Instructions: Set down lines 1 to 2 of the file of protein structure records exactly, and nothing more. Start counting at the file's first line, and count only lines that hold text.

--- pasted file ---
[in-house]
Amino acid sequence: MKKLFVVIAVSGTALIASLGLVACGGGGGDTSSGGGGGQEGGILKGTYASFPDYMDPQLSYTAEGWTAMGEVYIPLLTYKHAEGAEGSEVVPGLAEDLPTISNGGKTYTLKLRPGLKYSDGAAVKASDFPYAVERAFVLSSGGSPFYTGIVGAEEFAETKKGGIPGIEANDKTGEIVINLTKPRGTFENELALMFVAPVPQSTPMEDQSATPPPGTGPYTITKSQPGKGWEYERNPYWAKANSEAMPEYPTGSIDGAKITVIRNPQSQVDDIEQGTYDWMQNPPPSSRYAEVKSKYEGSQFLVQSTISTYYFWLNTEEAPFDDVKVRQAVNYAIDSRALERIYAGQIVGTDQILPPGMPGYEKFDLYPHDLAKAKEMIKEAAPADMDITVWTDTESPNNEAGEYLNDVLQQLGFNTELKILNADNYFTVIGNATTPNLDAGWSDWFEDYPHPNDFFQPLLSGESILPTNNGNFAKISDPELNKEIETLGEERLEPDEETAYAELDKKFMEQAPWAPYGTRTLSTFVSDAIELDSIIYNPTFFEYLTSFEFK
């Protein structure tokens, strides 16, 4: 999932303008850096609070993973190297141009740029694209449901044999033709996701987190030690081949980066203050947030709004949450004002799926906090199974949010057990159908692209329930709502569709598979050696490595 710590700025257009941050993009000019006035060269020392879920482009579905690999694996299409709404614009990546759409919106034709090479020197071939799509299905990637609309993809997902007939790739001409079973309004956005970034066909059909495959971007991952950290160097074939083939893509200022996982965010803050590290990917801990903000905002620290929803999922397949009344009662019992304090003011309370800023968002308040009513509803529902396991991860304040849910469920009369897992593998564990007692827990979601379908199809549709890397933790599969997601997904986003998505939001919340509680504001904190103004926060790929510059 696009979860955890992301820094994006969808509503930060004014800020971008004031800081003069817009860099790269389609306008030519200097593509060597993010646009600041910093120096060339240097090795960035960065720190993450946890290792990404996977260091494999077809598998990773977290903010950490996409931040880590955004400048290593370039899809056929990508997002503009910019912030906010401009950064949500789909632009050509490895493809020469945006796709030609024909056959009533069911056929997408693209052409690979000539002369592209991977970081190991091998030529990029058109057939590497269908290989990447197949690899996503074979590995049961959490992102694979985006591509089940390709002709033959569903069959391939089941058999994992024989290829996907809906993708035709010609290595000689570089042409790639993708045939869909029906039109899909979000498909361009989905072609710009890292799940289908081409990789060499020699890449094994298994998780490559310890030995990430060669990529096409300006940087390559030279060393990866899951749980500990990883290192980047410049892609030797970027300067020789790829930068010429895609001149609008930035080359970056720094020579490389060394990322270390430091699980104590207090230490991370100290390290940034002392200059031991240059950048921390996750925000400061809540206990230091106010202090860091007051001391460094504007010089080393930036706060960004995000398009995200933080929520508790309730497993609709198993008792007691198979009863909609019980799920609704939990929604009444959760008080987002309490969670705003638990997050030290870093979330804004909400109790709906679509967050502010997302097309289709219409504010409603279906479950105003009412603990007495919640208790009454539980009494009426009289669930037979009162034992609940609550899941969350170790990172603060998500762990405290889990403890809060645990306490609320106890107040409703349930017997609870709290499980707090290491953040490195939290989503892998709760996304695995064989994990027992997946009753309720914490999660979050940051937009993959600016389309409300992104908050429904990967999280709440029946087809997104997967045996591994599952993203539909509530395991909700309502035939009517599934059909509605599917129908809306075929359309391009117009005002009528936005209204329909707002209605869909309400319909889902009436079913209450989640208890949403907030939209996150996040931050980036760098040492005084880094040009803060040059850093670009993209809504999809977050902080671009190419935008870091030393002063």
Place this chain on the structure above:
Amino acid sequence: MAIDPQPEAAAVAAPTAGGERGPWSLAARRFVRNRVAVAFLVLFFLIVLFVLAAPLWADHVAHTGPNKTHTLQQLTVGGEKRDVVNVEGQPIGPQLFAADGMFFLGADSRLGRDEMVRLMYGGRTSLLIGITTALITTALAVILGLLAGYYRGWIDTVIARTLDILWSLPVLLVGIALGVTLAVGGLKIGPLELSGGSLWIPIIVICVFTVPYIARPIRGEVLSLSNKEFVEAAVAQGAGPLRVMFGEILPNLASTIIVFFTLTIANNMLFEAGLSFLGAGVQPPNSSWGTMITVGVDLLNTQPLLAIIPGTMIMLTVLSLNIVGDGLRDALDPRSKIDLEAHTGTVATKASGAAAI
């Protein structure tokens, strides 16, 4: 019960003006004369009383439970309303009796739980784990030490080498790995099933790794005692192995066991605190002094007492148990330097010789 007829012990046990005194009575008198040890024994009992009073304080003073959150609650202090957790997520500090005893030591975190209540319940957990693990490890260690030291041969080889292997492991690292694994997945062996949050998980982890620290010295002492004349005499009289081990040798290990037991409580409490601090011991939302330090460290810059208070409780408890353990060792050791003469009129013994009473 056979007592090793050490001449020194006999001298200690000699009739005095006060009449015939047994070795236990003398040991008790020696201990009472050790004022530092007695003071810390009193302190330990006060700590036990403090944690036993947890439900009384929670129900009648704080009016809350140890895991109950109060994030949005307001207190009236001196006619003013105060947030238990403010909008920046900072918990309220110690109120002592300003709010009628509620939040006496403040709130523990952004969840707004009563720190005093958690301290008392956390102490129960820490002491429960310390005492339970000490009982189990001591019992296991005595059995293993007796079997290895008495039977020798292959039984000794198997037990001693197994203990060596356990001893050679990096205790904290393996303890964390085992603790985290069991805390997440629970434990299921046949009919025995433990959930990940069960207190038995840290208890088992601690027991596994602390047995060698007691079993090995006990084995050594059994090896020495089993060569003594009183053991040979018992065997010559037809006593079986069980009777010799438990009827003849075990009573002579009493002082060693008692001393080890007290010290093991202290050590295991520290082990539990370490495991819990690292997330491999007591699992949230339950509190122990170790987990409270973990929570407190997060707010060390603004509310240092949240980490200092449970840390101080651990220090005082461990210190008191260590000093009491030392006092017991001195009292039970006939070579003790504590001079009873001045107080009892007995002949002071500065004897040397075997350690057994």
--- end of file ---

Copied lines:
[in-house]
Amino acid sequence: MKKLFVVIAVSGTALIASLGLVACGGGGGDTSSGGGGGQEGGILKGTYASFPDYMDPQLSYTAEGWTAMGEVYIPLLTYKHAEGAEGSEVVPGLAEDLPTISNGGKTYTLKLRPGLKYSDGAAVKASDFPYAVERAFVLSSGGSPFYTGIVGAEEFAETKKGGIPGIEANDKTGEIVINLTKPRGTFENELALMFVAPVPQSTPMEDQSATPPPGTGPYTITKSQPGKGWEYERNPYWAKANSEAMPEYPTGSIDGAKITVIRNPQSQVDDIEQGTYDWMQNPPPSSRYAEVKSKYEGSQFLVQSTISTYYFWLNTEEAPFDDVKVRQAVNYAIDSRALERIYAGQIVGTDQILPPGMPGYEKFDLYPHDLAKAKEMIKEAAPADMDITVWTDTESPNNEAGEYLNDVLQQLGFNTELKILNADNYFTVIGNATTPNLDAGWSDWFEDYPHPNDFFQPLLSGESILPTNNGNFAKISDPELNKEIETLGEERLEPDEETAYAELDKKFMEQAPWAPYGTRTLSTFVSDAIELDSIIYNPTFFEYLTSFEFK